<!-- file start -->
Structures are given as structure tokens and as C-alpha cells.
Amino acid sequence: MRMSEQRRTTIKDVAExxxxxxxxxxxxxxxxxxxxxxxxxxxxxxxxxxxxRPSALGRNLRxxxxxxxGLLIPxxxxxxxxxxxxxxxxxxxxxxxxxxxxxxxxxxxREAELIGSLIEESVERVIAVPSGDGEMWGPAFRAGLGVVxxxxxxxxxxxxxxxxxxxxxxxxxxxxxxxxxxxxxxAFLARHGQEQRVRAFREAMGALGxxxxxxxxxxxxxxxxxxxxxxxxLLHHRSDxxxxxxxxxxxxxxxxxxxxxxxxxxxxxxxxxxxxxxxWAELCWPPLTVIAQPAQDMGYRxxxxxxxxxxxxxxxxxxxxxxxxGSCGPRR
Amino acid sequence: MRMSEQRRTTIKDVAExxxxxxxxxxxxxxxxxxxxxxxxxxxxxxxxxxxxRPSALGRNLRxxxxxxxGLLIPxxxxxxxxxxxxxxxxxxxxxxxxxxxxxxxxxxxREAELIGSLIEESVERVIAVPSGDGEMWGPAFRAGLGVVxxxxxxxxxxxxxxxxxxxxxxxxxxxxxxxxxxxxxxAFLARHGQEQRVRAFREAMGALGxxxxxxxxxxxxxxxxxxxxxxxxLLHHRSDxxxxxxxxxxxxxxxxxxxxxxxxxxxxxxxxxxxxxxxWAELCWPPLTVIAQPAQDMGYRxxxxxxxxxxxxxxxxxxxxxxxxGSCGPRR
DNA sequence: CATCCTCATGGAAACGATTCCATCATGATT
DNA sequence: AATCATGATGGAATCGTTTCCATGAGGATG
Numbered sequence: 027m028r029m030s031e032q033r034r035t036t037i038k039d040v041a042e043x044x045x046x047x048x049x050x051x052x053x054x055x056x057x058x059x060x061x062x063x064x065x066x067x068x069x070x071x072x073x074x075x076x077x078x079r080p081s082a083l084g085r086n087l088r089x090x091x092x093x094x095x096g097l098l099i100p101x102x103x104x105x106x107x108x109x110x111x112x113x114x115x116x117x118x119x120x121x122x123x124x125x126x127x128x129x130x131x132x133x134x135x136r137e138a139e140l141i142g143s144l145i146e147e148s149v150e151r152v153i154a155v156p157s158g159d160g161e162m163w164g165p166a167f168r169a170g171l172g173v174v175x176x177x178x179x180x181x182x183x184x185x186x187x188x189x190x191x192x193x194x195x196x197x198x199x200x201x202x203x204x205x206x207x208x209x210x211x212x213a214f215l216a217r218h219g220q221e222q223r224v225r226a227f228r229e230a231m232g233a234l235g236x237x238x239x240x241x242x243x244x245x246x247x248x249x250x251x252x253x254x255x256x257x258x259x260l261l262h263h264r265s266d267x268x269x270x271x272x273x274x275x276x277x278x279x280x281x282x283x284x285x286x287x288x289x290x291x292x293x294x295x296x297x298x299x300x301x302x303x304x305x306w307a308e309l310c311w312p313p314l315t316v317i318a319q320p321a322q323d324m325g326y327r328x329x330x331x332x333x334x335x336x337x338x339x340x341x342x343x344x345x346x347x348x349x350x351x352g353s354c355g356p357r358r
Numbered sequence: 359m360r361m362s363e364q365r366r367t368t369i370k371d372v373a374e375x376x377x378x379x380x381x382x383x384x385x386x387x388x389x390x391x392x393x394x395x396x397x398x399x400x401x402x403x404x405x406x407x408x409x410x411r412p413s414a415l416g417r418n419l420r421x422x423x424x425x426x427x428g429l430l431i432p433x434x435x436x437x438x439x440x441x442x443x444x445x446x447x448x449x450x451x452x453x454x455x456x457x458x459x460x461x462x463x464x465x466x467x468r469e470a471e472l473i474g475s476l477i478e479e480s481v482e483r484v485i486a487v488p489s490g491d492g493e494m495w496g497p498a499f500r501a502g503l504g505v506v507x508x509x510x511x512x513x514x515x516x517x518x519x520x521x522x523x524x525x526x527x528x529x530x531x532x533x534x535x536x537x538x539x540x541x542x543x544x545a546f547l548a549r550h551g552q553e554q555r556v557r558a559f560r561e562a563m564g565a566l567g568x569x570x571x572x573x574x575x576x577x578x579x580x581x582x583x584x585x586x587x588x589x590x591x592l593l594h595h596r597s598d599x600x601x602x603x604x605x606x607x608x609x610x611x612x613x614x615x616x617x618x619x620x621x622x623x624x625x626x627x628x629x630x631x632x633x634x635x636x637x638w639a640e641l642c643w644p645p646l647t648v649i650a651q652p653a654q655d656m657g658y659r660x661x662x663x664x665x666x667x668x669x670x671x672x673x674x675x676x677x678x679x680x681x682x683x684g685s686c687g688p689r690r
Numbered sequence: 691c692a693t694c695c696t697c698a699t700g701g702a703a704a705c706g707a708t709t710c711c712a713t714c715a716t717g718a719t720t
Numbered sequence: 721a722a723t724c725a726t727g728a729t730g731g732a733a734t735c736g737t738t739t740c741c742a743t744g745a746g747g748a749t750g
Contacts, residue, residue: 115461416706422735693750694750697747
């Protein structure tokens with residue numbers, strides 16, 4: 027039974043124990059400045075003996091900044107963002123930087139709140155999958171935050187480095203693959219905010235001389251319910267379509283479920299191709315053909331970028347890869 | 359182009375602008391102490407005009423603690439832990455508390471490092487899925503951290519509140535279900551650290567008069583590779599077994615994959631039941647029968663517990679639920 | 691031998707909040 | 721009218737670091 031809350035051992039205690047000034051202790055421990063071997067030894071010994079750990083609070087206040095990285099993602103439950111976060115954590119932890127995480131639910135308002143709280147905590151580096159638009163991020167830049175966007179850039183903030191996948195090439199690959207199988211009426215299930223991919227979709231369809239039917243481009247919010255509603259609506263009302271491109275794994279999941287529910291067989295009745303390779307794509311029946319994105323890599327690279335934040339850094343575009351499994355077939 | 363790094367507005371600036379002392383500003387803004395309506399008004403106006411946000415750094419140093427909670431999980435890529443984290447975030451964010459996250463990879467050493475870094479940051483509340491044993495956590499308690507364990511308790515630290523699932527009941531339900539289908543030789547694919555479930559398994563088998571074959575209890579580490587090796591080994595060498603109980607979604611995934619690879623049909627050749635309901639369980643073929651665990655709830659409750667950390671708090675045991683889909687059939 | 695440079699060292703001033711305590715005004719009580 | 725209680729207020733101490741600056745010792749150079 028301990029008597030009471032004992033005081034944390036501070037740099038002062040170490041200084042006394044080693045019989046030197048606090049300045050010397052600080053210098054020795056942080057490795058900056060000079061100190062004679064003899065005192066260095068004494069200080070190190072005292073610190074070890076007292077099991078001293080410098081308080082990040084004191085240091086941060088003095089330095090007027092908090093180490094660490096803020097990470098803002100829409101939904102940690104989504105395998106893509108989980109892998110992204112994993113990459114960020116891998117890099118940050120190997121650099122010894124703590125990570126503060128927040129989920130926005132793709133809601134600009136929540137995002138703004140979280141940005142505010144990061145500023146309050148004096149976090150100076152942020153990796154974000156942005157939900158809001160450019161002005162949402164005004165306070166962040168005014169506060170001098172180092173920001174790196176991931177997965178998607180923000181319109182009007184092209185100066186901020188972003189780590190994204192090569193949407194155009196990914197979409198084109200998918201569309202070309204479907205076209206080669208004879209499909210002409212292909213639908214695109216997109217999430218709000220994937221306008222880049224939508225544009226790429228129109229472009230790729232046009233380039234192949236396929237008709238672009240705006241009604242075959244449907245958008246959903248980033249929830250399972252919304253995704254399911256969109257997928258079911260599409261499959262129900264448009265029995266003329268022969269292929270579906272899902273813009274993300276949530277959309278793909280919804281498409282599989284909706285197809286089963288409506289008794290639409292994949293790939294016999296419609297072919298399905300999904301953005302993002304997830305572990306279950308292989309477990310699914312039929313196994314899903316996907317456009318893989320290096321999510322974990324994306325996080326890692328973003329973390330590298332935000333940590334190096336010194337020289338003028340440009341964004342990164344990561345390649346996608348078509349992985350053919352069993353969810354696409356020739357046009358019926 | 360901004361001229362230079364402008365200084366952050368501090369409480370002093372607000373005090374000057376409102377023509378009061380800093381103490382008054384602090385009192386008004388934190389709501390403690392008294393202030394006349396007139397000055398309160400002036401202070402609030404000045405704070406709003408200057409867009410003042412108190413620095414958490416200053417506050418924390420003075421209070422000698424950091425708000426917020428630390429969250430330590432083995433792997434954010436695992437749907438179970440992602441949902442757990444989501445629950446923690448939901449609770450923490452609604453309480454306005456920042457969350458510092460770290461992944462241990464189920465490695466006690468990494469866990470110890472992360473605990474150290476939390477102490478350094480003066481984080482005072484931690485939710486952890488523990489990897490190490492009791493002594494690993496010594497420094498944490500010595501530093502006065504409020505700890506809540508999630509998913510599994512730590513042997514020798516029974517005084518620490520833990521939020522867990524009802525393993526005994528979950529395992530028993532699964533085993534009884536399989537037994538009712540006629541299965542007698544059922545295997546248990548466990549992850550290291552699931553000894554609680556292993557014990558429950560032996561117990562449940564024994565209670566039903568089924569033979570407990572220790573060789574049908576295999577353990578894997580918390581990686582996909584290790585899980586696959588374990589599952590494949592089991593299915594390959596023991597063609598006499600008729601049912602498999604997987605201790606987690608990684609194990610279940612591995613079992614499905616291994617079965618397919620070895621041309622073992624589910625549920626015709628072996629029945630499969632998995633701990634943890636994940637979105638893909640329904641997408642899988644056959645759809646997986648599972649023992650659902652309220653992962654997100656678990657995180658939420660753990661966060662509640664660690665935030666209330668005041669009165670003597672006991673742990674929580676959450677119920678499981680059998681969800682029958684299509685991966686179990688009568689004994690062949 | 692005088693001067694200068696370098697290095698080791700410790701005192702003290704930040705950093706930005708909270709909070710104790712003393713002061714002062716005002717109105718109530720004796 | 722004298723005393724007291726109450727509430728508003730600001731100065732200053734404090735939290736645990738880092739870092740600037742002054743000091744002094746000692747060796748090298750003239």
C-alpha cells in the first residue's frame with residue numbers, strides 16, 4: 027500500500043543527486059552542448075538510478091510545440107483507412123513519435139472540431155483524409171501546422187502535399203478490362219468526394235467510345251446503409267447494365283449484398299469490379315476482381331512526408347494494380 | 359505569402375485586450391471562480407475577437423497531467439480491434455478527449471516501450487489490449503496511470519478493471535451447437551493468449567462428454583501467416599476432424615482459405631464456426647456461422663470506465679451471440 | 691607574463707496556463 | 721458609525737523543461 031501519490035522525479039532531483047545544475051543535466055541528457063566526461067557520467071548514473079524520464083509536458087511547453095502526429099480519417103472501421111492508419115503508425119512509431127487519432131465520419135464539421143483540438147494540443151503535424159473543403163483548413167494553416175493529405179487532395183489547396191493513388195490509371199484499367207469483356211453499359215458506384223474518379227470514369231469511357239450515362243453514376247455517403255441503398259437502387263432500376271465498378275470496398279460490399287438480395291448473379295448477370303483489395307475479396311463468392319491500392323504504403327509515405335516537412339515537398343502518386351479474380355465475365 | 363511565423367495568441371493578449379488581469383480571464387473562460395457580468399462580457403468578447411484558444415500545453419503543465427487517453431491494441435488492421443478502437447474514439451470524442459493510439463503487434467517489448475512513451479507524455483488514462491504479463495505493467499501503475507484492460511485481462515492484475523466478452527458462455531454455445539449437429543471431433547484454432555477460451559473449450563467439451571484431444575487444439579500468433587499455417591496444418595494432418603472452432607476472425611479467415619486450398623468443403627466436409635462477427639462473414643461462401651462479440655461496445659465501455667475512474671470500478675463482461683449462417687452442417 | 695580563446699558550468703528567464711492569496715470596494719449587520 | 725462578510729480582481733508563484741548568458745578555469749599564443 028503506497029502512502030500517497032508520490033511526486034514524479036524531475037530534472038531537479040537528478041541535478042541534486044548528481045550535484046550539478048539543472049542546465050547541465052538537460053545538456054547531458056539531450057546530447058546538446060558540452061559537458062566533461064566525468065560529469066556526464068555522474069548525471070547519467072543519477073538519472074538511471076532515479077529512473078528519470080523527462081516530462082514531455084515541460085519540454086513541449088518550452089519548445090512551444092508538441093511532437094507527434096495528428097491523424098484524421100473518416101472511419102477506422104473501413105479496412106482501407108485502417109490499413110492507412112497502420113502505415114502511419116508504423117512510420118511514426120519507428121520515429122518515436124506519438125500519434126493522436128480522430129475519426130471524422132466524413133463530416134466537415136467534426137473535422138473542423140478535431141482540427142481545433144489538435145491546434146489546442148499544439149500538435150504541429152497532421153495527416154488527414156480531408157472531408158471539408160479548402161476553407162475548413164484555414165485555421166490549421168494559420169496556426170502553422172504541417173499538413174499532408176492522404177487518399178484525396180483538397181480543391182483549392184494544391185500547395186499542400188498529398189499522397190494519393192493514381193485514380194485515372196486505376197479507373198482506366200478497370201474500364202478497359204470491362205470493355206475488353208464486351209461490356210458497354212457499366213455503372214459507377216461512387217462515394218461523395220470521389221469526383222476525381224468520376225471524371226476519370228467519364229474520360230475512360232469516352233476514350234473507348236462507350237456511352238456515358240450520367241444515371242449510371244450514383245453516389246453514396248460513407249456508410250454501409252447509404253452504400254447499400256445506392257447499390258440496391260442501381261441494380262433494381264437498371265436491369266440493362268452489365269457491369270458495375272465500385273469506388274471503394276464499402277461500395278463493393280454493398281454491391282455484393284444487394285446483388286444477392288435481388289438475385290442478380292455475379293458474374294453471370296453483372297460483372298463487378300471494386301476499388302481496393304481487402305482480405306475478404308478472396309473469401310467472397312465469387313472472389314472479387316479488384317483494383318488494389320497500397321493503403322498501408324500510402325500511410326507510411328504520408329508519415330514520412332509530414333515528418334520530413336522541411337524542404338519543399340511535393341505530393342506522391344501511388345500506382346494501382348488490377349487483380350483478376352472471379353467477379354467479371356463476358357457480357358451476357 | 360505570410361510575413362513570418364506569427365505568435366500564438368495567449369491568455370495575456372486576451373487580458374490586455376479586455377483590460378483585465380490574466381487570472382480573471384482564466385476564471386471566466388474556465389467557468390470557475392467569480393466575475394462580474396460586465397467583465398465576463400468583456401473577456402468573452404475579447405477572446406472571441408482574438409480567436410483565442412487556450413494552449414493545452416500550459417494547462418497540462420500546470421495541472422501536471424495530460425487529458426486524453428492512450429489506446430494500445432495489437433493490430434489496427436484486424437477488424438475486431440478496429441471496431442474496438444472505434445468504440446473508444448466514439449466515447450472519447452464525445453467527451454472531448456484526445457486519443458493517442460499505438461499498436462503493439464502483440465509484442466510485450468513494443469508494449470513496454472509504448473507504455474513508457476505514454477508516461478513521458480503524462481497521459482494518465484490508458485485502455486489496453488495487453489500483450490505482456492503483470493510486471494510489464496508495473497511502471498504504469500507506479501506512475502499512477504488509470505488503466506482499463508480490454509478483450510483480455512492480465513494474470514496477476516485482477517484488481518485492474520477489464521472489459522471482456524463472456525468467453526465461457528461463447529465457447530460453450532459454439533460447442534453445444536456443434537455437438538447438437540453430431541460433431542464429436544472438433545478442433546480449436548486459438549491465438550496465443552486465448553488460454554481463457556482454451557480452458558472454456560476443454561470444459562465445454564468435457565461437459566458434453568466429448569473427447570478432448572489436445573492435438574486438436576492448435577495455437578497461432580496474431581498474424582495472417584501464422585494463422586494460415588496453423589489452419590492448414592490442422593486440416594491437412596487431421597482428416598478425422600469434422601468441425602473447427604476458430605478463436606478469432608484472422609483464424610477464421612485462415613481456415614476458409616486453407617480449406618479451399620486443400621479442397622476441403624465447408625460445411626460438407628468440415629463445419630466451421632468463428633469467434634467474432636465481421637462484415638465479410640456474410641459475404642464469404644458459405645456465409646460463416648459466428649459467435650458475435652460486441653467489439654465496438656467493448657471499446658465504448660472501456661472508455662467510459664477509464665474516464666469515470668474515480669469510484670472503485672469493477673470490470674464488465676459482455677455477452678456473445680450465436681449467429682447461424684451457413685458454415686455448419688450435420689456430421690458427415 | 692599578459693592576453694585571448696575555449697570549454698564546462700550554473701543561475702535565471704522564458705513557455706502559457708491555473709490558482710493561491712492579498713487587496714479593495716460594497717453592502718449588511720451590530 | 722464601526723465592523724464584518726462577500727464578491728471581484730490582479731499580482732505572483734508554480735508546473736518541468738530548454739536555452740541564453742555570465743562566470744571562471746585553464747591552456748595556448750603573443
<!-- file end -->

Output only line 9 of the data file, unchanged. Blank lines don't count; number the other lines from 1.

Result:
Numbered sequence: 721a722a723t724c725a726t727g728a729t730g731g732a733a734t735c736g737t738t739t740c741c742a743t744g745a746g747g748a749t750g